Date: 18thOctober, 18.30 hrs.

Location: República 239, University Andres Bello, Santiago Chile.

The northern Darwin’s frog (Rhinoderma rufum) and the southern Darwin’s frog (R. darwinii) are the only known amphibian species in which males brood their offspring within their vocal sacs. This is a unique type of parental care among the nearly 8,000 described amphibian species of the world. The historical distribution of R. rufum extends along the Coastal Range of Chile from Zapallar (Valparaiso Region) to Ramadillas (Biobío Region), while the historical distribution of R. darwinii occupies an area involving both the Coastal Range and the Andes from Concepción (Biobío Region) to Aysén (Aysén Region), and includes an area of the Argentinian Andes in the provinces of Neuquén and Río Negro. Unfortunately, no R. rufum individual has been recorded since 1981 and this species is currently categorized as Critically Endangered (Possibly Extinct) by The IUCN Red List of Threatened Species.

Photo © Claudio Soto Azat

Many historical populations of R. darwinii have disappeared during the last 40 years, but there are records on the current persistence of 66 local populations since 2000 in Chile and Argentina. However, these populations are generally small (<100 individuals), are highly isolated and presenting a high risk of extinction due to threats such as habitat loss and degradation, amphibian chytridiomycosis and climate change.  These have led to R. darwinii being categorized as Endangered by the IUCN Red List.

During the last 10 years there has been a growing interest in the research and conservation of both species of Darwin’s frogs. For instance, 75% of all ISI Web of Science publications of these species have been produced during the last decade, and in the case of R. darwinii long-term population monitoring and two captive breeding conservation programs have been initiated in Chile. For this reason, we believe that an adequate level of information and interest has been reached to start the strategic planning of activities aimed at the conservation of these species, in order to build an inclusive conservation strategy, involving all the relevant stakeholders and based on evidence in the decision-making process.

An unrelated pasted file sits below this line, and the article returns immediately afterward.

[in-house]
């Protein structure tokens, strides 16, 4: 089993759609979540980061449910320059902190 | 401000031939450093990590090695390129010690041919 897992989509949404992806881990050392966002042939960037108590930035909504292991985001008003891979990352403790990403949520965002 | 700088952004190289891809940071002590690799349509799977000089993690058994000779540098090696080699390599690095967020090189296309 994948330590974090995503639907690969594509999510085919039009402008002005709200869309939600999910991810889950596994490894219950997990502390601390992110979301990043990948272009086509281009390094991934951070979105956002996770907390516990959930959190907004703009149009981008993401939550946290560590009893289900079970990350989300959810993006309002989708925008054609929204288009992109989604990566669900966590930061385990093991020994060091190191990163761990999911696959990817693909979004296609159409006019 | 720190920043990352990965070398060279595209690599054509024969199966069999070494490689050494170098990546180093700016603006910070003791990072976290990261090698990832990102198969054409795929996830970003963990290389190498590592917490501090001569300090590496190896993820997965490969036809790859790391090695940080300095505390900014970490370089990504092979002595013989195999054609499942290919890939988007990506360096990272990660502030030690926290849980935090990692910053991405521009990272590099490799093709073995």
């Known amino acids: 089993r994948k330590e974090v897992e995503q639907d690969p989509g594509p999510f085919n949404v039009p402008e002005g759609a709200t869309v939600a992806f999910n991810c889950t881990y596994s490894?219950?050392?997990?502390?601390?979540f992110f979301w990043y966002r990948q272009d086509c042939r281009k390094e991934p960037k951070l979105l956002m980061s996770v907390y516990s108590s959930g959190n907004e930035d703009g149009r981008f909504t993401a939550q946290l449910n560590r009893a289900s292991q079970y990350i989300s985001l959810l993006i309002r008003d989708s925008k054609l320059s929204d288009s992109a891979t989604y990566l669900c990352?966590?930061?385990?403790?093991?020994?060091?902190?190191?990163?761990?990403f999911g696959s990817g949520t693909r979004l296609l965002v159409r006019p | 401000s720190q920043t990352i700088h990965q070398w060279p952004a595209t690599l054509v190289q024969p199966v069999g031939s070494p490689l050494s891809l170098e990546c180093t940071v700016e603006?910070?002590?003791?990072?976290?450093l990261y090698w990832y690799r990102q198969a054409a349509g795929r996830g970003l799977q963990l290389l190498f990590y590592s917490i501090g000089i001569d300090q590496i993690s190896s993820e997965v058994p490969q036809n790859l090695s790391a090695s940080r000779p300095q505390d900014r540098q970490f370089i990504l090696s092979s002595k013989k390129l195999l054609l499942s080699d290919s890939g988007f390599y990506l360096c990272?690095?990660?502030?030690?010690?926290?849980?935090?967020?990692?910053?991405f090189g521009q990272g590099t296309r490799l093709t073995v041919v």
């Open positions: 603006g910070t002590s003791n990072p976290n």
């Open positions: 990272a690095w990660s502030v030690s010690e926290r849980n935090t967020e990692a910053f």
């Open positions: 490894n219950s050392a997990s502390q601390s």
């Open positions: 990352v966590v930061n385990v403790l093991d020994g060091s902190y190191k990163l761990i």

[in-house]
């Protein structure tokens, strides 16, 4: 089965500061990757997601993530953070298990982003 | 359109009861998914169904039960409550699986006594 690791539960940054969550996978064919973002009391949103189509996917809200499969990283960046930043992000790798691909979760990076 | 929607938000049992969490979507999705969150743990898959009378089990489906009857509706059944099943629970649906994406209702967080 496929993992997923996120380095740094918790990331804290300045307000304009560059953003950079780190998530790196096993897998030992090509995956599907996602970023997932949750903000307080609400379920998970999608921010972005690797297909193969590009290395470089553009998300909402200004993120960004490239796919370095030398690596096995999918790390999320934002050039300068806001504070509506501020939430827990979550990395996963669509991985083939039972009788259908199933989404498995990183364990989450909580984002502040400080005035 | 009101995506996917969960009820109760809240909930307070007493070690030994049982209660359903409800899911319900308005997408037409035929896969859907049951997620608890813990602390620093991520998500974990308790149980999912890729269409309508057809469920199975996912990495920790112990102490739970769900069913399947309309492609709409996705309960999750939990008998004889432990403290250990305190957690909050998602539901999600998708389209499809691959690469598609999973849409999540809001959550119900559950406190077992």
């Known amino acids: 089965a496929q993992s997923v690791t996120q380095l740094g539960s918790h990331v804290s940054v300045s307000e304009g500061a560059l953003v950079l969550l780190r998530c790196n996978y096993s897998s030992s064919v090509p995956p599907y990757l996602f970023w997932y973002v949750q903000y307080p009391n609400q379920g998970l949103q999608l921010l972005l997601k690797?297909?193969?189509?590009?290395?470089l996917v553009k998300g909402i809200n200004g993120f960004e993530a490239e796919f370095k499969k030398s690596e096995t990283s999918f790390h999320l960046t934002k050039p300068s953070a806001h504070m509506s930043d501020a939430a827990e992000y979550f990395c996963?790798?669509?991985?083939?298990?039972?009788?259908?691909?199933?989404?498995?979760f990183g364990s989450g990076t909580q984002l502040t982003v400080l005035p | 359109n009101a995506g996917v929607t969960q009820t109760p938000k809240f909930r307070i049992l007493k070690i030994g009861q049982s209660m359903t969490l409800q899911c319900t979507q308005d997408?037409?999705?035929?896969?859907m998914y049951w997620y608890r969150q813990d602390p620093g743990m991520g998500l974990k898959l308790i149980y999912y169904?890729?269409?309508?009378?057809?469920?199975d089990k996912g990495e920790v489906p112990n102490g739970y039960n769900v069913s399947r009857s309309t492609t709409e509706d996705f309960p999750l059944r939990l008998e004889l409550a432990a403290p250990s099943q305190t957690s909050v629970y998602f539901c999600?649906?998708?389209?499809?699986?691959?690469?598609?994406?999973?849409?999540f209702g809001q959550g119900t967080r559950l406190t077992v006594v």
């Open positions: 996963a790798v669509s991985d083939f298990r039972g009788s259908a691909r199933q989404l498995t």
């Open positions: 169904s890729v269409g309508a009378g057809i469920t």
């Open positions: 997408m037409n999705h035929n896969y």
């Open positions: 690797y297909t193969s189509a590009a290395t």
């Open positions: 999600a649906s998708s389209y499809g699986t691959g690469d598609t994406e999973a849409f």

Following IUCN’s methodology of strategic species conservation planning, on September 2017 the development of the “Binational Conservation Strategy of Darwin’s frogs” (ECRD in Spanish) was kick-started with a Symposium in Santiago which was open to the public and gathered over 300 participants, with the contribution of national and international experts. During the same month there was a Relevant Stakeholder Workshop at Huilo Huilo Reserve, with the participation of 30 stakeholders representing governmental agencies, academia, NGOs and member of the public. On this occasion and subsequently, the stakeholders have actively contributed towards the elaboration of the strategy. The ECRD includes the status review of the genus Rhinoderma and the vision of the plan where both species of Darwin’s frogs are proposed as an emblem for the protection of the native forests of Chile and Argentina. The strategic planning is summarized in 38 actions, grouped into 12 objectives and 3 goals, which aim, until 2028: 1) to generate and synthesize key information on the biology, management and status of Rhinoderma populations, 2) to reduce the main threats to these species in order to facilitate the self sustaining nature of their populations, and 3) to provide the financial, legal and community support of the different actions of the ECRD. The strategy aims to guide and coordinate the collaborative efforts on the conservation of Darwin’s frogs for the next 10 years.